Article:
During COVID, I did something a little crazy.
As the pandemic was in full swing and my business started disappearing, I had to reassess what I wanted our company to look like in the future. I took a long, hard look at everything we had accomplished up to that point and decided that I wanted to work with customers who valued what I was doing, customers that poured as much value back into us as we poured into them.
With that in mind, I decided to terminate our biggest client.
That’s right, our biggest client. It was a massive shock to the remaining staff, but as I explained to them and continued to remind myself, they were by far our most challenging client to work with. I had decided that I no longer wanted to stake my entire business on the quantity of our customers, but on the quality. Once the relationship ended, I felt like the universe opened up for me and I started receiving new clients that were easier to work with.
Quality vs. Quantity in the Art of Scaling
Scaling a business is a delicate art. As entrepreneurs, we want our businesses to grow, but when it comes to balancing quantity and quality in the process—whether we’re taking out a loan or taking on an investor, merging or acquiring—we should always hold tight to what truly makes us special.
“Companies that scale well have sacred constraints, things they can never screw up,” says Robert Sutton, a management professor at Stanford and co-author of the book Scaling Up Excellence: Getting to More Without Settling for Less. For example, Sutton says that for a company like Starbucks, it’s the whole coffee-drinking experience—the smell and the sound of beans grinding—that’s been sacred to maintain through their rapid growth.
According to SCORE, the non-profit education and mentorship organization for small businesses, scalability is also about capacity and capability. Does your business have the capacity to grow? Will your systems, infrastructure and team be able to accommodate growth? It means setting the stage to enable and support growth. It means having the ability to grow without being hampered. And that requires planning, some funding, the right systems, staff, processes, technology and partners.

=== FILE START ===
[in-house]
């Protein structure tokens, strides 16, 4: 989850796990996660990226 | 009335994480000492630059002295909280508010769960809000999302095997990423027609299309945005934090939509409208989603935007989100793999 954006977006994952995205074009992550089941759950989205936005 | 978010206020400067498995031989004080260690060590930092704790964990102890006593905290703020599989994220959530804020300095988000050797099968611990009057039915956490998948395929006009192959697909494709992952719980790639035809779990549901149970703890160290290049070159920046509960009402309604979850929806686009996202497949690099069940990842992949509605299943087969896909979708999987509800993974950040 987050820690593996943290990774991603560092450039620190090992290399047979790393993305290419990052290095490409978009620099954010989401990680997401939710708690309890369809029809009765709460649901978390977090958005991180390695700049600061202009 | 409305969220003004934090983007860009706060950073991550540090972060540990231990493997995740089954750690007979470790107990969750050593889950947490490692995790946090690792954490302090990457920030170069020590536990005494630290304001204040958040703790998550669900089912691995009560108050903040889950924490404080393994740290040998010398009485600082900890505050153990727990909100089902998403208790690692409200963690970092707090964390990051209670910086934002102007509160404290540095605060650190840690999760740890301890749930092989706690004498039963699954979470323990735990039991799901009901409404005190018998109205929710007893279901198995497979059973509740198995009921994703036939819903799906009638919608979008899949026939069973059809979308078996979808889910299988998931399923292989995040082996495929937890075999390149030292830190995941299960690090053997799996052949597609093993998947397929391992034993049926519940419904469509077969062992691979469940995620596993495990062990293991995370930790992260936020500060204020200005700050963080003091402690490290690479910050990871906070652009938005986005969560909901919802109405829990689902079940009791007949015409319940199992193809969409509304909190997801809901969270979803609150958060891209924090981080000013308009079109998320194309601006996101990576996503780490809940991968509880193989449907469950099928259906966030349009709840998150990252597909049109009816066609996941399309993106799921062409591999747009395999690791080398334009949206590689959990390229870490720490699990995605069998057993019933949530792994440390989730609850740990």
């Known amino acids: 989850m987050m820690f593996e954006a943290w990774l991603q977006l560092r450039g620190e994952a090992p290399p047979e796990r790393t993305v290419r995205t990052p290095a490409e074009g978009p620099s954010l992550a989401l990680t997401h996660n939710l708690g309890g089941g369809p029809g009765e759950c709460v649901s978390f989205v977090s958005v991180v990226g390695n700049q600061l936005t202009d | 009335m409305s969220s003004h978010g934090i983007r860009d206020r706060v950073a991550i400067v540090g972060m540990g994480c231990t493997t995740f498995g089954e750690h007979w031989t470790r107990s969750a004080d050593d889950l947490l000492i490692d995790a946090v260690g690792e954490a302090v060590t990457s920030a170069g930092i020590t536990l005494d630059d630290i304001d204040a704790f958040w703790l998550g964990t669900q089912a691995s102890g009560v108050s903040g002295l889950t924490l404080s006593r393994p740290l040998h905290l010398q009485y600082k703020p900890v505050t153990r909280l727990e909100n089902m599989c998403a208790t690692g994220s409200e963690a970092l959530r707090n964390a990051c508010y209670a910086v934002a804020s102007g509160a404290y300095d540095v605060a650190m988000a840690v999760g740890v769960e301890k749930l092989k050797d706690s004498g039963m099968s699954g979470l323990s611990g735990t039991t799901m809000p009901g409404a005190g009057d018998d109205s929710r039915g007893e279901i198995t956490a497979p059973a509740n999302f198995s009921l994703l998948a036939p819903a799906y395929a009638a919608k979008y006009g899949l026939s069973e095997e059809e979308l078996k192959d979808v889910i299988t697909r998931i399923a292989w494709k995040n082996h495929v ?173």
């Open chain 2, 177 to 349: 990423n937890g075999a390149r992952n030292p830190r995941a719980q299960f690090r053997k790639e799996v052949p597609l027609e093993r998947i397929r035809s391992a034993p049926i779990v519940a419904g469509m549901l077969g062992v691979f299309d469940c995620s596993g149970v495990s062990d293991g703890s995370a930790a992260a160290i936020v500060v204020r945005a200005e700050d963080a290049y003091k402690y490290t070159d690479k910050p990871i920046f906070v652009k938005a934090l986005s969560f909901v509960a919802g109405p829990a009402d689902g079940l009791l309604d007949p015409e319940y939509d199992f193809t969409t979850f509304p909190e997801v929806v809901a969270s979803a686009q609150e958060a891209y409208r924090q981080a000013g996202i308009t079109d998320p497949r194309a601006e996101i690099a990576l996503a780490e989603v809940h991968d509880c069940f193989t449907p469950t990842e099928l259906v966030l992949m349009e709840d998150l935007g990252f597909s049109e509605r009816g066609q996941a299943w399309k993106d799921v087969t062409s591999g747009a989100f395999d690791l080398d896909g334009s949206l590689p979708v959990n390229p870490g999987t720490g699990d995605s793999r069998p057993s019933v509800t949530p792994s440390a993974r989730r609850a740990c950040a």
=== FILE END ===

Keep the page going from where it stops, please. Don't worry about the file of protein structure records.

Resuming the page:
Here are a few questions to ask as you look to maintain what makes your business special as it grows:
- “Am I ready to grow?” Take stock of where your business stands right now and then strategize what you need to do to increase sales. Assume your efforts are successful, and you double your business overnight. Do you have the people and systems to handle that business without seriously struggling or failing?
- “Where will the money come from?” Scaling a business costs money. You may have to hire employees, invest in new technology and add equipment or facilities. Consider how much capital you need and then take a lesson from the pandemic: Start building a relationship with a banking partner now who can help expedite the process when you’re ready. When I needed a line of credit during the more challenging months of the pandemic, this pre-existing relationship was vital for me.
- “Can I sell more?” The answer to this isn’t just about having a great product or service but also about having the sales structure to support it. Look at your current structure for: a sufficient lead flow; systems to track and manage leads; people to manage orders/projects; and, a billing/receivable system to make sure you’re paid on time.
- “How can technology help?” The great thing about technology is that it makes it easier and less expensive to scale—and it can reach around the globe. Consider things like how automation can help you run your business more efficiently by minimizing manual work, and how today’s latest marketing technologies can help you reach new markets. As we began to ramp up towards lockdown in late 2019 and into 2020, our business invested in the appropriate technology to help us scale effectively and reduce redundancy. We were already working from home two days a week before COVID lockdowns began so that when we entered the shutdown, our transition was extremely smooth.
- “Are my people ready?” Remember, an organization is only as good as its people; while technology can help speed up the process, you’ll need good people to carry out the work as you scale. Assess everything from management to manufacturing to customer service. Also, plan for how to find qualified people quickly when needed.
At NAWBO, we’re always here to support your growth, too. Look around your chapter and the nation. There’s always another woman business owner who is in the same place or has scaled before you who can provide insight and inspiration. And tap into all the education and resources we offer—they’re designed to support all aspects of your business success no matter where you are in your journey!